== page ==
Tiara Yachts’ brand-new flagship, the $3.7 million EX 60, is scheduled to make its global debut at next February’s Discover Boating Miami International Boat Show. But Robb Report had a chance to run it last week in Stuart, Florida, after the boat’s nearly 2,000-mile run south from the Tiara factory in Holland, Michigan.
“For a brand-new boat, and a show boat as well, it’s covered a lot of miles. And this was no pleasure cruise. It was mostly full throttle all the way,” Tiara’s Matt Savelle, who captains the yacht, told Robb Report before our full-throttle test drive on the St. Lucie River.
In Tiara’s 60-year history, this is its biggest, most luxurious and most expensive offering to date. The first in its new EX range, it sits above the popular C49 inboard coupe and 48LS outboard models.
Penned by Tiara’s design director Andrew Bartlett, the lines of the EX 60 closely follow those of the smaller Coupe models. That means a graceful, unbroken shearline from transom to bow, a curvy, raked-back windshield, swoopy hardtop, and lots of windows.
On first impressions of the EX, moored stern-to at the Stuart dock, it was clear the focus was on classic style and elegance, rather than breaking any design rules. Tiara leaves the bold, plumb bows and vertical windshields to the Europeans.
The real focus here, however, is on outdoor space, and here the EX 60 excels. The oversize, two-level aft cockpit features a lower section with opposite facing sofas and dining table. Power-lowering side terraces increase the beam from 16’11” to 20’6”—and make terrific dive platforms.
Step down to the hydraulic swim platform, and the entire section can lower into the water to launch a large tender—an optional 345 Williams jet RIB on our test boat—or double as a spacious beach club.
Step-up to the salon-level cockpit and the surprise-and-delight feature is the height-adjustable breakfast bar—perfect for gazing out over the stern with a coffee or sunset cocktail.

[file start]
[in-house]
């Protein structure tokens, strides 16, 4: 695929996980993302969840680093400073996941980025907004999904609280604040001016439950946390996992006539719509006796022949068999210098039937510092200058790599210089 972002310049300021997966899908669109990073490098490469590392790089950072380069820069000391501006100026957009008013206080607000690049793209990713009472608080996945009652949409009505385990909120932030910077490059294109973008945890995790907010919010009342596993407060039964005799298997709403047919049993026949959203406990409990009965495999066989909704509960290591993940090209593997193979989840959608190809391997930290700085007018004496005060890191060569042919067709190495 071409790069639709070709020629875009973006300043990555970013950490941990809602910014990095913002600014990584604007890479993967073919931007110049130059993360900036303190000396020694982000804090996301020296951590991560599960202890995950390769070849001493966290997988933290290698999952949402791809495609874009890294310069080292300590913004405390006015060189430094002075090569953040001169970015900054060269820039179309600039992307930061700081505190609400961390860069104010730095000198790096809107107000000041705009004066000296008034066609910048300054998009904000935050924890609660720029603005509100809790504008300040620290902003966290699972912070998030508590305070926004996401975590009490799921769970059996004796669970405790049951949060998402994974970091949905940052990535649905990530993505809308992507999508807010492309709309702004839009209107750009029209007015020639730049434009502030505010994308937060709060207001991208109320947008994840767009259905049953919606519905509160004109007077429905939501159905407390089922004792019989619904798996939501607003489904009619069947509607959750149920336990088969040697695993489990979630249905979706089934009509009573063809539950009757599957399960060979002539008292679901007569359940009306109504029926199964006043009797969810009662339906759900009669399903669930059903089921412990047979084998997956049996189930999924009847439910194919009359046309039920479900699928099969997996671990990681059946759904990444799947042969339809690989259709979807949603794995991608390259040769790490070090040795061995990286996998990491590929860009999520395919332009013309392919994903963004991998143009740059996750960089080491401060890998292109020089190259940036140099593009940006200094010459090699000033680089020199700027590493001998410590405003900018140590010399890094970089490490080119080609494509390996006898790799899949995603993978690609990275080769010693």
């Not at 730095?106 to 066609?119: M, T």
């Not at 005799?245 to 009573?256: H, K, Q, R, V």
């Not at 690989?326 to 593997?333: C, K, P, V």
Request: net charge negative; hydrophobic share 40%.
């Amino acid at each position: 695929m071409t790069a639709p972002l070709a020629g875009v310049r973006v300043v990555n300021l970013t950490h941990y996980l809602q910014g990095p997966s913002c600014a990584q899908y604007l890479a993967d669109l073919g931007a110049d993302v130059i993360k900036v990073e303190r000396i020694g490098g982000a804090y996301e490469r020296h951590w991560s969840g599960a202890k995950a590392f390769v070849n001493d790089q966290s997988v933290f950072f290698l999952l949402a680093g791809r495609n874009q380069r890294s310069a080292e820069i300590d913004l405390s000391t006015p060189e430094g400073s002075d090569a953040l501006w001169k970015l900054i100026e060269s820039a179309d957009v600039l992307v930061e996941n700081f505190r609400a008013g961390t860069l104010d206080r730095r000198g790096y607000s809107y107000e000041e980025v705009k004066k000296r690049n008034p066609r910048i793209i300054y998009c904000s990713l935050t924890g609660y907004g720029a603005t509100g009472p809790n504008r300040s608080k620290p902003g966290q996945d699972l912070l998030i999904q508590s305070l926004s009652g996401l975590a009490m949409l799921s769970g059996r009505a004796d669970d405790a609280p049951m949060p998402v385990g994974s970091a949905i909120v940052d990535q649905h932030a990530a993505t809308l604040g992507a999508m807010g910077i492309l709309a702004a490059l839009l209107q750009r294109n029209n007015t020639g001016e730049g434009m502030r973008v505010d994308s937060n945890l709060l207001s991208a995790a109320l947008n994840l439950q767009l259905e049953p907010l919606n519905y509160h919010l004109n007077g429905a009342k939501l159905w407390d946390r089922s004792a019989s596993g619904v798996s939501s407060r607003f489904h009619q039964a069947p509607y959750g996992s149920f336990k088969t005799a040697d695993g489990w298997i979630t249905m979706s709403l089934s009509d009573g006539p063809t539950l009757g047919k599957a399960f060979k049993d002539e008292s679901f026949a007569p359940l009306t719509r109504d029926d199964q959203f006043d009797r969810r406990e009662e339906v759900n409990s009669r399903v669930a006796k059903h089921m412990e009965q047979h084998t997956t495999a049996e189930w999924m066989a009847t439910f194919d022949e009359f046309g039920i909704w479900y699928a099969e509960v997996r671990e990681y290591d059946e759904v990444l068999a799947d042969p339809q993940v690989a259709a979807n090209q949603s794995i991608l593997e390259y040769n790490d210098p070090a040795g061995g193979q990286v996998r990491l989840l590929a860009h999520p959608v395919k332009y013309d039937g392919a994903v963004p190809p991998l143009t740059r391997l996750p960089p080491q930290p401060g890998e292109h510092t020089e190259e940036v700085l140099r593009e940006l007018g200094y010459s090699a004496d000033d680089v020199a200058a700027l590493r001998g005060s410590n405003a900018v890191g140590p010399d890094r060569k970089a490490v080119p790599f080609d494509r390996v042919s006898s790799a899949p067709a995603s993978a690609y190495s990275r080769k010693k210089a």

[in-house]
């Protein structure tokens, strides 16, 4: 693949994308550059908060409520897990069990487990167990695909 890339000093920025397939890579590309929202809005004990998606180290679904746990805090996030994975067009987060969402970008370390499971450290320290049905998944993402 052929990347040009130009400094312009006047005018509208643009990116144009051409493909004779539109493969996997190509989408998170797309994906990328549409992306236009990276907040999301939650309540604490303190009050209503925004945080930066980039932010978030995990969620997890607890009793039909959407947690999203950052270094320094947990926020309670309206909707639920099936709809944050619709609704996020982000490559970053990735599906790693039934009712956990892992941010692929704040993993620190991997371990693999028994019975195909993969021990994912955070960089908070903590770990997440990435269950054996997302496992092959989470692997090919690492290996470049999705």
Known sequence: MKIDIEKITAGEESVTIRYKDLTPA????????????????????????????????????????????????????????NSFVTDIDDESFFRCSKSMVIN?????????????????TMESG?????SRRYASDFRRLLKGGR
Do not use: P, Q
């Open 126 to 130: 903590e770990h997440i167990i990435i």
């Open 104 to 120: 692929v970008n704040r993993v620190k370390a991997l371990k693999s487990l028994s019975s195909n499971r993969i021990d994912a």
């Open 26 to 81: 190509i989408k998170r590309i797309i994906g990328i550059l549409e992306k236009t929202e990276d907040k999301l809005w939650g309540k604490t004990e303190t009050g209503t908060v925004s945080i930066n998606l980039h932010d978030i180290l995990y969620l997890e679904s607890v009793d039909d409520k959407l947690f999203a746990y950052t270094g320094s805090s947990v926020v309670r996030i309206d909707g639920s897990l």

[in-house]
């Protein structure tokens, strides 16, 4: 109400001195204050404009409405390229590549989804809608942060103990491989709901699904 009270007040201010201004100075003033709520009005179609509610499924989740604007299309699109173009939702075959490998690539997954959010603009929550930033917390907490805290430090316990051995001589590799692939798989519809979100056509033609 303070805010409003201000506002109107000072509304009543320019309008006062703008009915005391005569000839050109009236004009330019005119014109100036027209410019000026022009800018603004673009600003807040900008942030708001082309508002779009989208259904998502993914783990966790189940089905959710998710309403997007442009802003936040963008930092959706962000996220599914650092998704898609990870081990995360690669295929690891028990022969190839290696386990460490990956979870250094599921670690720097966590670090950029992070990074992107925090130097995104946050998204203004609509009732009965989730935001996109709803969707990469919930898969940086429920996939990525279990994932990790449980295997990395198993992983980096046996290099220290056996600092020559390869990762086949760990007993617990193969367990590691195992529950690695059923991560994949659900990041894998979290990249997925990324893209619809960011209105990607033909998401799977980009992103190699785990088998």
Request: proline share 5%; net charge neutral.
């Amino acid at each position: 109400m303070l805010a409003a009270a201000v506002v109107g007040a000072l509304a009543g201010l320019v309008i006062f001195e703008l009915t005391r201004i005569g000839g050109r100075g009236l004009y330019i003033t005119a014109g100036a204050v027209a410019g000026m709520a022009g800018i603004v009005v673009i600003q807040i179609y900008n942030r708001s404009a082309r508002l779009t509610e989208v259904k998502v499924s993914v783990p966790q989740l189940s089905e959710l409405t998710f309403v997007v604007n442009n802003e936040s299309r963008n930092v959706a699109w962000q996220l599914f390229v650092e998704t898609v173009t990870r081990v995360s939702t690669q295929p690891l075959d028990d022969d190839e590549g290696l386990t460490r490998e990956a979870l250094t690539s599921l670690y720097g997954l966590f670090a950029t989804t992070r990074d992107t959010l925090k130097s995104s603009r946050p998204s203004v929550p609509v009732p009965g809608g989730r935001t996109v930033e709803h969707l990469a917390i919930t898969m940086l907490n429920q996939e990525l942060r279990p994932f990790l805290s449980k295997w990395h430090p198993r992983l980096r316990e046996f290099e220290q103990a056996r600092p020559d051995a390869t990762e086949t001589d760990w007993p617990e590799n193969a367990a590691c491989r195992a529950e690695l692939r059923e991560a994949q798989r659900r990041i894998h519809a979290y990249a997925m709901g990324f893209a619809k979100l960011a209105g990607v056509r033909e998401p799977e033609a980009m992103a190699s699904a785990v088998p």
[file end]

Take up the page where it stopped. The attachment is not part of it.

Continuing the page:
Much of the appeal here is the indoor/outdoor flow. The full width of the salon is made up of a three-part glass folding door and a power-operated window by the galley. This opens up the entire room to the back deck.
The EX features a well-equipped galley on the starboard side with a U-shaped dinette opposite. Power back the large sunroof in the hardtop, for al fresco dining.
Also impressive is the yacht’s helm station. With twin seats on either side, it’s a great place to watch the action, courtesy of terrific all-round visibility and impressively tall windows. The power-sliding pilothouse door is just a terrific feature.
Below decks are three cabins and two heads, with a spacious amidships master suite, a forward VIP and a twin-berth guest cabin. All the interior decorations are the work of Seattle-based designer Mary Flores.
Power-wise, the EX 60 is offered with 1350 Volvo Penta D13 turbo diesels with shafts driving IPS pods.
Out in the St. Lucie River it was easy to see why they chose these powerplants. Push forward on the throttles and the 55,000-pound Tiara leaps from idle to 30mph in just 17 seconds. Flat out we hit an impressive top speed of 46mph with the big Volvos spinning at just 2,454 rpm.
Throttle back to Matt’s preferred 29-mph cruise speed and the engines were burning just 52 gallons per hour, delivering a range of around 350 miles.
What impressed us the most was the hushed refinement of the EX at speed. Tiara puts a great deal of effort in keeping things quiet, and even at that 46-mph top speed, the noise level in the salon was just 72 decibels. That was just three decibels more than at 23 mph.
Throw the big Tiara into a series of figure-of-eight turns, and the optional Seakeeper 9 gyro stabilizer and Volvo Interceptor trim flaps kept the boat surprisingly level, taming any pitch and heel. Even the big wake from a passing sportfisherman did little to upset the EX’s poise and balance.
Despite the fact that the boat has yet to be officially unveiled, hulls 2, 3 and 4 have already been sold. After the Ex 60’s long-distance delivery, they can be sure the boat can go the extra mile.